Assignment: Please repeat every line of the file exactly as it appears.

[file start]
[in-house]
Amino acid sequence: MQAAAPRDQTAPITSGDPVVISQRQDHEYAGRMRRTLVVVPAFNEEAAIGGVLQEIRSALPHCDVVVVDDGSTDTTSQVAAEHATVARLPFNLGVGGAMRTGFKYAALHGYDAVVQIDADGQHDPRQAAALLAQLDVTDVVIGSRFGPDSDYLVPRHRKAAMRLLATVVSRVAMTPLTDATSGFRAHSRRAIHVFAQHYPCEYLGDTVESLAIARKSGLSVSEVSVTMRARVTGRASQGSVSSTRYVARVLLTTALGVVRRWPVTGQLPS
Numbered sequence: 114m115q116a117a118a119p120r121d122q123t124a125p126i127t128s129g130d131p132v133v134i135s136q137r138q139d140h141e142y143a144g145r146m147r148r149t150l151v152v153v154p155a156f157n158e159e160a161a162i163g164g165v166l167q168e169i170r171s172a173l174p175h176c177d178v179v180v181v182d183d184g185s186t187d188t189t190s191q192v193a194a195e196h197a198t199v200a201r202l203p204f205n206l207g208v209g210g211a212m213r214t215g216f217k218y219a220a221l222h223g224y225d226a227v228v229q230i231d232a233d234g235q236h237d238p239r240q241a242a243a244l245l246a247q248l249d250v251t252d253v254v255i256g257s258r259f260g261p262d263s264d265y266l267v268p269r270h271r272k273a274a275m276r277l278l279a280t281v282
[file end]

[in-house]
Amino acid sequence: MQAAAPRDQTAPITSGDPVVISQRQDHEYAGRMRRTLVVVPAFNEEAAIGGVLQEIRSALPHCDVVVVDDGSTDTTSQVAAEHATVARLPFNLGVGGAMRTGFKYAALHGYDAVVQIDADGQHDPRQAAALLAQLDVTDVVIGSRFGPDSDYLVPRHRKAAMRLLATVVSRVAMTPLTDATSGFRAHSRRAIHVFAQHYPCEYLGDTVESLAIARKSGLSVSEVSVTMRARVTGRASQGSVSSTRYVARVLLTTALGVVRRWPVTGQLPS
Numbered sequence: 114m115q116a117a118a119p120r121d122q123t124a125p126i127t128s129g130d131p132v133v134i135s136q137r138q139d140h141e142y143a144g145r146m147r148r149t150l151v152v153v154p155a156f157n158e159e160a161a162i163g164g165v166l167q168e169i170r171s172a173l174p175h176c177d178v179v180v181v182d183d184g185s186t187d188t189t190s191q192v193a194a195e196h197a198t199v200a201r202l203p204f205n206l207g208v209g210g211a212m213r214t215g216f217k218y219a220a221l222h223g224y225d226a227v228v229q230i231d232a233d234g235q236h237d238p239r240q241a242a243a244l245l246a247q248l249d250v251t252d253v254v255i256g257s258r259f260g261p262d263s264d265y266l267v268p269r270h271r272k273a274a275m276r277l278l279a280t281v282